- hjalmarsen_nordli_maeh2018.pdf (7M)
OsloMet - storbyuniversitetet. Institutt for sykepleie og helsefremmende arbeid
Master i samfunnsernæring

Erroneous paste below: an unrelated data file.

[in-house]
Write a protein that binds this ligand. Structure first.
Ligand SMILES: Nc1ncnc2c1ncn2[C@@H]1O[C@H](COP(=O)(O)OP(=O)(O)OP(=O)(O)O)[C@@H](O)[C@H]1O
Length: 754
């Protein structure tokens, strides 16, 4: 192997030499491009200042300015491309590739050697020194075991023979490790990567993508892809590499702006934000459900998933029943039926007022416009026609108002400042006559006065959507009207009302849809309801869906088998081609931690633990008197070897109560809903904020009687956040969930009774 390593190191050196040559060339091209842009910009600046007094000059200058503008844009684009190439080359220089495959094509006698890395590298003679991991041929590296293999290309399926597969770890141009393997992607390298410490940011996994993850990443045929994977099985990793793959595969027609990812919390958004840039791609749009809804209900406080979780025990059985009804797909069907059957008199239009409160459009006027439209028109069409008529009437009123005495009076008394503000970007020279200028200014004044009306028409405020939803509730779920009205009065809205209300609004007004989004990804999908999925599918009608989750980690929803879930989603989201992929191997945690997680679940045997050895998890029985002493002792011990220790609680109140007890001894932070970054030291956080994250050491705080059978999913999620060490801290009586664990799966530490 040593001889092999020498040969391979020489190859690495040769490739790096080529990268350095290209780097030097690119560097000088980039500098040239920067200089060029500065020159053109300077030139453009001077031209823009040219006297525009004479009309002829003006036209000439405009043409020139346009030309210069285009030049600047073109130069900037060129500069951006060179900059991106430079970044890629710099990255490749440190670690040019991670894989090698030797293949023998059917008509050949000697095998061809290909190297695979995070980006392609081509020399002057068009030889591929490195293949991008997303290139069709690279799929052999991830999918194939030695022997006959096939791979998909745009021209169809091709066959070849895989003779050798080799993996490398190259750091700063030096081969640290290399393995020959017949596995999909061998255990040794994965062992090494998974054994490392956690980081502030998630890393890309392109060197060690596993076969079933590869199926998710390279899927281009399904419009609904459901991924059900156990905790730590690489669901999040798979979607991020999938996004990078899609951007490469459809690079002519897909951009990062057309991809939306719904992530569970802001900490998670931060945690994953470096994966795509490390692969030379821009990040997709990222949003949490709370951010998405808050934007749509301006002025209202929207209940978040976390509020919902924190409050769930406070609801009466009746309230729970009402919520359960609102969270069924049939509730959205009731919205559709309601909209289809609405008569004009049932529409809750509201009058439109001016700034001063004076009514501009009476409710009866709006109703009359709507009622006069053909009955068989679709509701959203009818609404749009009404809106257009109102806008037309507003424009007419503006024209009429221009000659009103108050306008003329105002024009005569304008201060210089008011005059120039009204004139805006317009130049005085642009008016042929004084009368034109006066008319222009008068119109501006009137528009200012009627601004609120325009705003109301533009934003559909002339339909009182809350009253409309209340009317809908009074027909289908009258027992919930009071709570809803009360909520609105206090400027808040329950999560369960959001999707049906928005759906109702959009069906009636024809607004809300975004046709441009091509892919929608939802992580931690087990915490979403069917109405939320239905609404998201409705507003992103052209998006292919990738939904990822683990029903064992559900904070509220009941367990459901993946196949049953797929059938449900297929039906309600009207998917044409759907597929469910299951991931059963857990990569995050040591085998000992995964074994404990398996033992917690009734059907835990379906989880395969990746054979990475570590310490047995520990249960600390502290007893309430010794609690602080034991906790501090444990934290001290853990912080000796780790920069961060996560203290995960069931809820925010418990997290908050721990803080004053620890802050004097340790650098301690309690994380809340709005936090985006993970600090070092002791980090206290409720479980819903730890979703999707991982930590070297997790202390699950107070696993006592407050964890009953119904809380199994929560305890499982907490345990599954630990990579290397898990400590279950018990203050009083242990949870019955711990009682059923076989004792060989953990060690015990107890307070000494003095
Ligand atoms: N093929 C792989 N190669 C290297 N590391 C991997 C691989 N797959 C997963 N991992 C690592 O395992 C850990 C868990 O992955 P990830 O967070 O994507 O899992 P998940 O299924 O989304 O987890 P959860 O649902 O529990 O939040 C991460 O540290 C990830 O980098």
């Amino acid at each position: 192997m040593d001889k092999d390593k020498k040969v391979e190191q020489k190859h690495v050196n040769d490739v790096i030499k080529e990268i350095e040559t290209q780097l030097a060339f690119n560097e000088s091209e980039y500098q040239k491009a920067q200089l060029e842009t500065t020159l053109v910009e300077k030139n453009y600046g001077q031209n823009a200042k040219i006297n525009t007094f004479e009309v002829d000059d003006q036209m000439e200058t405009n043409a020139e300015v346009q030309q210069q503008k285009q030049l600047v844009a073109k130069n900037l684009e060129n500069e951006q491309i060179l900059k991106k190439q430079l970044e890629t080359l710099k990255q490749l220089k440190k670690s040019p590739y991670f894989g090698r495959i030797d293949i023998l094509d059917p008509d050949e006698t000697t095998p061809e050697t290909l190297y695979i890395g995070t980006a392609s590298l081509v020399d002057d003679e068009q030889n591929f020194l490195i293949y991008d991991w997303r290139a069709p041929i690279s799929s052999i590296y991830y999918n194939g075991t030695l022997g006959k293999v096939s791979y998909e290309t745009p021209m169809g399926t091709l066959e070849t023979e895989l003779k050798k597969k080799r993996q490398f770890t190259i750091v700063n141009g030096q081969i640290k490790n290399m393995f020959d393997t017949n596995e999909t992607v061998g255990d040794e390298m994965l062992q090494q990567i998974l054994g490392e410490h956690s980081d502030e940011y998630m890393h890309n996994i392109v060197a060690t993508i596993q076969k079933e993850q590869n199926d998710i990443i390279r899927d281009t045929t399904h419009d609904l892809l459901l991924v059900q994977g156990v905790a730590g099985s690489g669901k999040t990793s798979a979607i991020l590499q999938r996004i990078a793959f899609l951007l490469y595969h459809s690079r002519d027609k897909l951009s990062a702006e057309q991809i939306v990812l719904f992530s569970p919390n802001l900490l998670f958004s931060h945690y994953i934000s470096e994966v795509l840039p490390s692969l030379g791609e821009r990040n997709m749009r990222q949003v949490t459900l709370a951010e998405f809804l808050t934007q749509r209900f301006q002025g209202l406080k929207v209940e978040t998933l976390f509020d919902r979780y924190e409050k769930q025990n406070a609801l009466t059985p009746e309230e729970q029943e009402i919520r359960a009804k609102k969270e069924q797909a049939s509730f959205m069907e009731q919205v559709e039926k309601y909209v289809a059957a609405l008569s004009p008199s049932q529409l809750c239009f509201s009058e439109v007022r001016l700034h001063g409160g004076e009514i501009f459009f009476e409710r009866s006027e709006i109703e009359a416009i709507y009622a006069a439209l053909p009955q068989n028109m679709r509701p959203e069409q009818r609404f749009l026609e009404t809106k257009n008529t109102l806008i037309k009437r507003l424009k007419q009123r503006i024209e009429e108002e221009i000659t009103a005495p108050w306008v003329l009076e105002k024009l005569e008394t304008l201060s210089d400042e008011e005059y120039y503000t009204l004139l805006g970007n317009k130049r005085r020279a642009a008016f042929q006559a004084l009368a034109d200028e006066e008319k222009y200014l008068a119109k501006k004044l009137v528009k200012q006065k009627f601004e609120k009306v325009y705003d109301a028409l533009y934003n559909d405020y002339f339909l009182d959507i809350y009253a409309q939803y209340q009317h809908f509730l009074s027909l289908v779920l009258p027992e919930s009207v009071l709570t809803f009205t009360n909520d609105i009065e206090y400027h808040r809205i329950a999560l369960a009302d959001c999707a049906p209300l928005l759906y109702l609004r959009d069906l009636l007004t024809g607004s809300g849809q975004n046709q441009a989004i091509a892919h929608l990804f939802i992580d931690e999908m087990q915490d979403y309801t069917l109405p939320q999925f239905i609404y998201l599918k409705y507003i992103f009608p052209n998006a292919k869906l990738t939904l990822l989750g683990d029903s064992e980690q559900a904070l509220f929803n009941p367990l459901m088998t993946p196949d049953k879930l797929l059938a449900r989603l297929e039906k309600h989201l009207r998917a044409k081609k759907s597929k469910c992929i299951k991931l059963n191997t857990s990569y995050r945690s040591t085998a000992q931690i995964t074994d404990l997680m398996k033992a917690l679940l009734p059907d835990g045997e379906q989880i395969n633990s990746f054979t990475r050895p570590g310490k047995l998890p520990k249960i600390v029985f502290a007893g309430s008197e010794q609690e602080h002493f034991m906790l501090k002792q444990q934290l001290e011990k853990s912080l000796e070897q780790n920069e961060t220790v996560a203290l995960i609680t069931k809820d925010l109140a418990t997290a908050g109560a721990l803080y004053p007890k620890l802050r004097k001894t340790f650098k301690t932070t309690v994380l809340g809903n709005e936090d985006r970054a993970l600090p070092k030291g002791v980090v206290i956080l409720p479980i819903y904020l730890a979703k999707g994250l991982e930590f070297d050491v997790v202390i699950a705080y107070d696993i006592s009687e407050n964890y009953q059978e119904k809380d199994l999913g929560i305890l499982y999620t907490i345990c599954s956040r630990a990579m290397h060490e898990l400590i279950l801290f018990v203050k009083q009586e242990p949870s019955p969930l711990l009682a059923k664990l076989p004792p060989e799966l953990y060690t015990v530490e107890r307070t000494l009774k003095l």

Background: The prevalence of overweight and obesity in society is increasing worldwide and it is one of the biggest public health issues today. Recent studies suggest that different dietary fatty acids can affect hunger and satiety signaling. The aim of the present study was to investigate how a test meal with different fat quality, either high in PUFA or SFA, affected subjective satiety sensation and glucose response in healthy individuals. In addition, measure the repeatability of a self-reported satiety sensation questionnaire. Method: 21 healthy, normal weight individuals completed this double blinded postprandial crossover intervention study; 18 women and 3 men. The participants consumed two different muffins, either high in SFA or PUFA, at four visits (V1 – V4), and filled out a visual analogue scale (VAS) fasted, and at seven time points within 180 minutes at each visit. Blood glucose was measured at the same time intervals as VAS. Wilcoxon sign rank test and Bland Altman Plot were used to compare effects and repeatability between the meals. Results: This study show no significant differences in how participants perceived satiety after intake of SFA compared to PUFA, using VAS. When studying the repeatability of VAS, we found no significant differences in subjective satiety between the two periods after intake of SFA. After intake of PUFA, we observed a significant difference in sensations for food cravings and desire to eat sugary foods. We observed no effect on postprandial glycemic response after intake of SFA compared to PUFA. Conclusion: Fat quality in one meal did not affect subjective satiety sensation and glycemic response in healthy subjects postprandially. However, VAS had an overall good repeatability in subjective satiety sensations after intake of the same test meal at two different occasions, indicating that VAS in general could be used as a measure of subjective satiety sensation.